R. G. Tupling, Edmonton........



S. L. Wall, Toronto...............


C. L. Wallace, Toronto..........



A. R. Walsh, Winnipeg.........



George Whitehead, Edmonton ....

Denmark.
George Broderson, Copenhagen...

B. Hasselbalch, Copenhagen.....


L. Moller, Copenhagen ..........


Signature.


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SERVICE AND REG U LATORY ANNOUNCEME NTS.


Country, name, and address.


Denmark-Continued.
H. P. Nielsen, Copenhagen ......


Marius Nielson, Copenhagen....


P. C. Rasmussen, Slagelse ......



C. Stub .......................


Japan.


Yasufumi Naganuma,
Prefecture.


Hiroshima


Mexico.
0. E. Troy, Ciudad Juarez.......


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NAMES REMOVED FROM LIST.
GREAT BRITAIN.
R. Sydney Marsden, Birkenhead, Cheshire, England.
John F. Little, Harrow, England.


INSPECTION AND TESTING OF ANIMALS FOR CANADA.
The following changes have been made in the list of practicing veterinarians regis-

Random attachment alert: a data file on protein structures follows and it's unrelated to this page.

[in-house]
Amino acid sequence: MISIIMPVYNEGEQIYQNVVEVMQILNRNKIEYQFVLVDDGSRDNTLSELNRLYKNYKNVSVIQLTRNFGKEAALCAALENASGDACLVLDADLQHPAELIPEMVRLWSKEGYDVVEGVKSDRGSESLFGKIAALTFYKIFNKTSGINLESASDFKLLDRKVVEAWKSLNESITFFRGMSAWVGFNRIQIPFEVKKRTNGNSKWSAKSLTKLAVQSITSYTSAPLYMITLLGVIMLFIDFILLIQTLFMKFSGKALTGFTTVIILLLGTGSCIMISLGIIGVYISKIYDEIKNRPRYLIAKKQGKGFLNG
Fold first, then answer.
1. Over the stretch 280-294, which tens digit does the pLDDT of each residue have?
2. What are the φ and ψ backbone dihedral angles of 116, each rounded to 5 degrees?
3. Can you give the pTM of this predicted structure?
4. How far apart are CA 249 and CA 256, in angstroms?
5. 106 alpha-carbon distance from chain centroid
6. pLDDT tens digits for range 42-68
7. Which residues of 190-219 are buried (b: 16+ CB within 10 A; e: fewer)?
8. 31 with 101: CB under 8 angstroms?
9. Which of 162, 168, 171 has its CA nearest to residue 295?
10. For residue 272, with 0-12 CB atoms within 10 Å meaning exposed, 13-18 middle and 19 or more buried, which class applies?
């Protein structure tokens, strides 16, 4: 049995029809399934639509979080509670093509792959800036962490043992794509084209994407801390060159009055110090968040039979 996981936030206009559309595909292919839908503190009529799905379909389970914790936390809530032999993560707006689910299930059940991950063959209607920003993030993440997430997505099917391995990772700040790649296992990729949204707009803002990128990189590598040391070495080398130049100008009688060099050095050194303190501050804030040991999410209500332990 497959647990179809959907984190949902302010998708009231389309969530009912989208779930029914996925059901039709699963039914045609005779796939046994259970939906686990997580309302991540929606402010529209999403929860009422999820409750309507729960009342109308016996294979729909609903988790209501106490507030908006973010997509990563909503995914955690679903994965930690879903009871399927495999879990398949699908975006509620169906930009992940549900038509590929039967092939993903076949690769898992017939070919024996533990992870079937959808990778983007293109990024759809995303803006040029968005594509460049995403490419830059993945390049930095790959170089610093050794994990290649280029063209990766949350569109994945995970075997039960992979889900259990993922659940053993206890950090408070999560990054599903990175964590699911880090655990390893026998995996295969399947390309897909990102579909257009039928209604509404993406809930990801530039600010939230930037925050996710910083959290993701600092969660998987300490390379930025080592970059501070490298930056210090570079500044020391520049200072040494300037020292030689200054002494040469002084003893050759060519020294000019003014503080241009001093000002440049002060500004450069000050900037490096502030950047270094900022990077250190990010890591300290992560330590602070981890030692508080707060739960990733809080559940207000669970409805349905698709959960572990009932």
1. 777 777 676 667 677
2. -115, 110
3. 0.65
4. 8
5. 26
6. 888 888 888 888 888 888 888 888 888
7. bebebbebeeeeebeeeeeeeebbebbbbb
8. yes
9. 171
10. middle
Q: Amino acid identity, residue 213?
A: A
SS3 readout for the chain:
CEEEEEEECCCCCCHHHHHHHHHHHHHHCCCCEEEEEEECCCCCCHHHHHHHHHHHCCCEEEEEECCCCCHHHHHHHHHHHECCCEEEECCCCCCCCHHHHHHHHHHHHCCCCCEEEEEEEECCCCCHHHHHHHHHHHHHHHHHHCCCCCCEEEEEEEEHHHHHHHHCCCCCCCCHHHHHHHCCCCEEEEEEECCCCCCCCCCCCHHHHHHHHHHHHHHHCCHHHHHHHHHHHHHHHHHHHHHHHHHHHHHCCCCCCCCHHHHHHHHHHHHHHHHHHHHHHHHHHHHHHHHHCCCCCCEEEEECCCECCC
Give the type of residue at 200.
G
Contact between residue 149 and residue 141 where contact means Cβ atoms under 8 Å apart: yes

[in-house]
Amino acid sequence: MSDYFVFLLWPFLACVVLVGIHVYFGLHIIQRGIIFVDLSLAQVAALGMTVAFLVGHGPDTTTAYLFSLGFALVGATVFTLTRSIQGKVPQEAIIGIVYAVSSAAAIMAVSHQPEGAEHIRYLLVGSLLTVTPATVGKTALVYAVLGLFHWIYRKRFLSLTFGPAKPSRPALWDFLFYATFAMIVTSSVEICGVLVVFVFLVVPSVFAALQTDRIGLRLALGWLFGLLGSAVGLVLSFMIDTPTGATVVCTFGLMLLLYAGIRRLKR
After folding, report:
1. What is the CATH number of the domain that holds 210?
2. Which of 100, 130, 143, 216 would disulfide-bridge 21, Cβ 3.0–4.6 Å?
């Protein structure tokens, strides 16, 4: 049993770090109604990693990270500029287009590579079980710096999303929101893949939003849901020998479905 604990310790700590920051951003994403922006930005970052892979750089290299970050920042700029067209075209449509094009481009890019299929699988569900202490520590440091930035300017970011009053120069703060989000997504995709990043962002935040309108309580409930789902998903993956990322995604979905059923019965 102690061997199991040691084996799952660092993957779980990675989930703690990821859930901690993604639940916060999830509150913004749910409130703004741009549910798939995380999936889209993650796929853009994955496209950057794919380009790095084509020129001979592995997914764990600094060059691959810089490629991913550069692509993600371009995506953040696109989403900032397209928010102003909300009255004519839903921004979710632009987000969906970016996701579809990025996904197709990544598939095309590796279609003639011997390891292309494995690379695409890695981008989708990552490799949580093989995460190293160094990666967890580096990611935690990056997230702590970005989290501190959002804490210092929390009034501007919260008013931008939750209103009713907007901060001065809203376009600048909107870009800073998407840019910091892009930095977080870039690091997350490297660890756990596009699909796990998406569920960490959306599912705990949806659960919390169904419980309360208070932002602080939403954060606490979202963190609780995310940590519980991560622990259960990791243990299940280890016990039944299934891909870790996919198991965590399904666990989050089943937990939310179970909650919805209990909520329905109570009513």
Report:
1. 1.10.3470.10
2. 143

tered by the Bureau and authorized to inspect and test with mallein horses, mules,
and asses intended for export to Canada:
NAMES ADDED TO LIST.
Dr. Otis A. Longly, Fresno, Cal.
Dr. John F. McKenna, Fresno, Cal.
CHANGE OF ADDRESS.
Dr. E. J. Drake, from Toledo, Wash., to Glendive, Mont.


1915.]






12 BUREAU OF ANIMAL INDUSTRY. [January,

TEXAS-FEVER QUARANTINE-LIST OF PLACES WHERE SOUTHERN
CATTLE MAY BE SHIPPED FOR IMMEDIATE SLAUGHTER.

Referring to section 4 of regulation 2 of the revised regulations governing the inter-
state movement of live stock (B. A. I. Order 210), there is given below a list of places
in the State of Ohio to which cattle of the area quarantined on account of splenetic,
southern, or Texas fever may be shipped for immediate slaughter:
Cleveland.-The Theurer-Norton Provision Co., Henry Walcher, Tuefel Bros., Nick
Davis, Long Dressed Beef Co., The Lake Erie Provision Co., The Ohio Provision Co.
(C. S. Schneider), The Hartman Provision Co., The Blumenstock & Reid Co., The
Hughes Provision Co. (care of Retail Butcher's Protective Association), Webb Bro.
(care of Retail Butchers' Protective Association), The Retail Butchers' Protective
Association, Cleveland Provision Co.
West .l, dr,,.--N. Rassel Sons Co.


CONVICTIONS FOR VIOLATIONS OF LAWS.
MEAT-INSPECTION LAW.
In cases against the following-named persons, charged with violating the meat-